Harvard University Press has signed a book called Inequality by Sir Anthony B Atkinson, a fellow at Oxford's Nuffield College. Atkinson is also a Centennial Professor at the London School of Economics, where he was a mentor to Thomas Piketty, author of the bestseller, Capital in the Twenty-First Century.

Capital in the Twenty-First Century, which was also published by HUP, received widespread attention when it was released earlier this year, and worldwide sales now top 500,000, which is remarkable for an economics text.

While Piketty asked, in his book, why the rich are getting richer, Atkinson examines why the poor are stuck in poverty, and how to get them out. Inequality will feature a jacket that echoes Capital, and publication is planned for the run-up to next year's general election.

The book's editor, Ian Malcolm, based at HUP's London office, said the title it would consist of 12 chapters of around 10,000 words each. Where Piketty examined the problems, Atkinson--who mentored the French author when he was studying at LSE--will offer fixes, including specific policy ideas.

Malcolm said it would be "a hopeful book," and one that suggests realistic possibilities rather than advocates Marxist revolution. Both author and publisher hope that the title will become "part of the debate," and that it will "start a conversation" at a crucial time.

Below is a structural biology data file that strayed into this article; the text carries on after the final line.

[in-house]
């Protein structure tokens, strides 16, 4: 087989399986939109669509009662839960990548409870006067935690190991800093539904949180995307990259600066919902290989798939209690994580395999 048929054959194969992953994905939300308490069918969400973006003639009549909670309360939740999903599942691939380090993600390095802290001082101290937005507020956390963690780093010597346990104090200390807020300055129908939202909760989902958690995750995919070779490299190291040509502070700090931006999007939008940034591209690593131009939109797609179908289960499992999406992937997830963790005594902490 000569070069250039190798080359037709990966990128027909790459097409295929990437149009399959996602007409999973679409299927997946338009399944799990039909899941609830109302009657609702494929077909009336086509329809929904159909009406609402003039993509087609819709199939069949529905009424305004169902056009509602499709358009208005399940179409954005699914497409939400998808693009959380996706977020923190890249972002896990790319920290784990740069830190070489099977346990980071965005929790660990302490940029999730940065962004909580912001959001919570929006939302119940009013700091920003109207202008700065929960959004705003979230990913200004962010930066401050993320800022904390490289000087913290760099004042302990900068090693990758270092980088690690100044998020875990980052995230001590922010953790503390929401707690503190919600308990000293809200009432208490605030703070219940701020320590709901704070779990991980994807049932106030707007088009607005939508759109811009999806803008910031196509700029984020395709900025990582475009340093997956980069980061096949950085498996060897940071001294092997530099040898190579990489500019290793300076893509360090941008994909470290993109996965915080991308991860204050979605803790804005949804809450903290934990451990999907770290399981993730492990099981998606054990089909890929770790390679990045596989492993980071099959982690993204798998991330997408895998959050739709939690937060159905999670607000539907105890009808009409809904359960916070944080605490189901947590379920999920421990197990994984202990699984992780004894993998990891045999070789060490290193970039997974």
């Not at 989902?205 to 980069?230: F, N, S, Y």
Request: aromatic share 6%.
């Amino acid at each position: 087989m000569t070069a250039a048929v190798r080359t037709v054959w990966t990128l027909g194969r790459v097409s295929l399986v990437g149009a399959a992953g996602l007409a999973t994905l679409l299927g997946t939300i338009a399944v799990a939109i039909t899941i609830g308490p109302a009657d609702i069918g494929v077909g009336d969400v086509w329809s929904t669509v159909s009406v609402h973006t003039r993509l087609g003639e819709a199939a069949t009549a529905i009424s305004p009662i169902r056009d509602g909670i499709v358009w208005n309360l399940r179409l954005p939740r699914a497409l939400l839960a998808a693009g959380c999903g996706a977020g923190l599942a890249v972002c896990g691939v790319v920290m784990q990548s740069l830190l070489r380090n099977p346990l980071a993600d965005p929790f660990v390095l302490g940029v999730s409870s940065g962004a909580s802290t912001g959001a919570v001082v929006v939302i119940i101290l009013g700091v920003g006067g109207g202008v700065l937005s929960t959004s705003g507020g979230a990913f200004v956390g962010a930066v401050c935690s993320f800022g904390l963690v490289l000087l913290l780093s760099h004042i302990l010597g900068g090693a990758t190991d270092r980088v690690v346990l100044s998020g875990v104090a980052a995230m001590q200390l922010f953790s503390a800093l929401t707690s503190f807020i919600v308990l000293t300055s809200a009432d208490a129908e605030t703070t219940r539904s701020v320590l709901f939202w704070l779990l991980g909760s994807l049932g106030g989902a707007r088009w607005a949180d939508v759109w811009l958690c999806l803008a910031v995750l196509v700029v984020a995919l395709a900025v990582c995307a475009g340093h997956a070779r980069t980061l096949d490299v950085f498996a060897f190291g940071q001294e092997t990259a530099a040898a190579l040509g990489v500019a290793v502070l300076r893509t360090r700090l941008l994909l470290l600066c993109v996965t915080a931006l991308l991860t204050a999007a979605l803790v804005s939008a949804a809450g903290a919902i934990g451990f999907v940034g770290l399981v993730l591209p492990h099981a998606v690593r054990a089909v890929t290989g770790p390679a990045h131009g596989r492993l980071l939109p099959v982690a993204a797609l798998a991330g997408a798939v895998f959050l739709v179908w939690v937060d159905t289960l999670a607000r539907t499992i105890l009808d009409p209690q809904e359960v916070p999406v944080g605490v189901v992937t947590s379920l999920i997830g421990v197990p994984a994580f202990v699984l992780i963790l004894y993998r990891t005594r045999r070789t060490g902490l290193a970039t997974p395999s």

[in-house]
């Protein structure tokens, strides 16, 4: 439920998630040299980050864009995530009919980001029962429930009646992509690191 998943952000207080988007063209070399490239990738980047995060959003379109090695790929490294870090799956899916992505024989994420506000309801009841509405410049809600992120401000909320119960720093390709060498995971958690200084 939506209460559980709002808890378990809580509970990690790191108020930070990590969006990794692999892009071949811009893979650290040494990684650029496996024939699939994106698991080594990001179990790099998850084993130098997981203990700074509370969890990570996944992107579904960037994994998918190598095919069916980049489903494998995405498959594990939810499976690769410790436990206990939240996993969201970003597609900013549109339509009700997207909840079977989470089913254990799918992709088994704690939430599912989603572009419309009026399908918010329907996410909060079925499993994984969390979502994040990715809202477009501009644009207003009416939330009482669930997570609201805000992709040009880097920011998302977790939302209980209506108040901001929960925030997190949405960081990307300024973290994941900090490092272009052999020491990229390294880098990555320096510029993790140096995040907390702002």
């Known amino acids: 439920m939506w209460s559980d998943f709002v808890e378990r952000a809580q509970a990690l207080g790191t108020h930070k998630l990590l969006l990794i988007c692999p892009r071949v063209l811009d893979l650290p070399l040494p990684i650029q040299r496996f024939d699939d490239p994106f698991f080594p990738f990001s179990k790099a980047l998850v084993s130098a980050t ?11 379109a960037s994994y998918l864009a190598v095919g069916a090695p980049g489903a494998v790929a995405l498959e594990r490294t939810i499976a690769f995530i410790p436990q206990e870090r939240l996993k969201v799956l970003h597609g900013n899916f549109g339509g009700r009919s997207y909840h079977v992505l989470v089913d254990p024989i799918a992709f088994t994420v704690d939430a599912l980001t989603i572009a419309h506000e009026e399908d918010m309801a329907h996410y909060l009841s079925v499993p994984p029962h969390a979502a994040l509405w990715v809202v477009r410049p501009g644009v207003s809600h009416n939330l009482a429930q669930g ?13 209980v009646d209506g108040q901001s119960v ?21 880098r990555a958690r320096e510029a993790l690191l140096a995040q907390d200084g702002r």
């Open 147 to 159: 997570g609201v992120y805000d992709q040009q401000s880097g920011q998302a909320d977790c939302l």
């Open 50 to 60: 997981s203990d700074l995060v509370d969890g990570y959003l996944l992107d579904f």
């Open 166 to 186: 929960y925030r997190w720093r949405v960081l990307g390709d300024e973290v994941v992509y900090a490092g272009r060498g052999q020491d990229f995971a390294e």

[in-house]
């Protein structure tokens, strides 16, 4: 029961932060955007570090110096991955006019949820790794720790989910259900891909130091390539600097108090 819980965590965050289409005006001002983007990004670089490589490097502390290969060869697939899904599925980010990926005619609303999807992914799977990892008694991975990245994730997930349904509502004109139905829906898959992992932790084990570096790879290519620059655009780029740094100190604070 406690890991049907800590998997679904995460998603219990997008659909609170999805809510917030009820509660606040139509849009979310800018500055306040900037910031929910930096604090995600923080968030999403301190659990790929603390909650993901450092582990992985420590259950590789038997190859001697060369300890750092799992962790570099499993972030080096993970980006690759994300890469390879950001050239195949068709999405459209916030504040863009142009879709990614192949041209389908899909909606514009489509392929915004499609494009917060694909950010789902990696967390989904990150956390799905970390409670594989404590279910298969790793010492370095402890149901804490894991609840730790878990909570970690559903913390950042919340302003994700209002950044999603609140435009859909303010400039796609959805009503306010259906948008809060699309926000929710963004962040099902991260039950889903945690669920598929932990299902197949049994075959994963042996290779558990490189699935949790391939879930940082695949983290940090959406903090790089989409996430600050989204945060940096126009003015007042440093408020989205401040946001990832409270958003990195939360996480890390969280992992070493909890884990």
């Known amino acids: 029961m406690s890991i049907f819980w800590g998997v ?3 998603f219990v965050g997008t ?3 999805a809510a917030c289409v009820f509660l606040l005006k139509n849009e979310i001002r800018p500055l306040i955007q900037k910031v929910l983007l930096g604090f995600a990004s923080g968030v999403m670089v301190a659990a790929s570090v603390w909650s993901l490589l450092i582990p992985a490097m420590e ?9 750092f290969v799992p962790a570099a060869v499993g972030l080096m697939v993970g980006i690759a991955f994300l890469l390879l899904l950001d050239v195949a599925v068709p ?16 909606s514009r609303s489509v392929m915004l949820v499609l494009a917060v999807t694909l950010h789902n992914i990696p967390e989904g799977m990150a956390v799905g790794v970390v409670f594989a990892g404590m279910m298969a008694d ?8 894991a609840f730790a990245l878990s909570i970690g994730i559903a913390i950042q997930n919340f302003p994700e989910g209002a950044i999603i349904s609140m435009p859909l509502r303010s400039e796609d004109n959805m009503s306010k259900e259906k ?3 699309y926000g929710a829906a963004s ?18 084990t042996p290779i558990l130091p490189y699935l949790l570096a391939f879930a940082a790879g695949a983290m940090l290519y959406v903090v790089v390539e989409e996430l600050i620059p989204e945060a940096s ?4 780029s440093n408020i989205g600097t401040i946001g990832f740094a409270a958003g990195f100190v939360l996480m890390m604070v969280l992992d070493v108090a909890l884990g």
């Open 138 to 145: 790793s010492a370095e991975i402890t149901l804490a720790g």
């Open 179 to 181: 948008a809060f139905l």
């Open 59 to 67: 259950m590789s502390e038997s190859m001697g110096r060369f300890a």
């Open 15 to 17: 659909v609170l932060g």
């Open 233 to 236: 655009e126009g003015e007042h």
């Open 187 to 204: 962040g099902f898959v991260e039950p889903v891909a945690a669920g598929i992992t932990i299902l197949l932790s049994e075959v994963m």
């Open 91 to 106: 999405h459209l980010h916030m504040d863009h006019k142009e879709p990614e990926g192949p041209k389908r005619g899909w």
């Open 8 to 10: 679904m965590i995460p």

An academic economist focused on issues of social justice, Atkinson published his first book in the 1960s; it was an examination of poverty in Britain. His second book looked at inequality. He is currently contributing to the World Top Incomes Database, and is monitoring rising inequality across the world. He has addressed poverty in Europe and the consequences of rolling back the welfare state. Atkinson has sat on Royal Commissions, holds honorary doctorates from a score of international universities and is the recipient of numerous awards.

HUP has world rights in the project, and the publisher confirmed that it received a number of foreign rights offers at the recent Frankfurt Book Fair. .

NOTE: A version of this story originally ran in PW's U.K. partner publication, BookBrunch.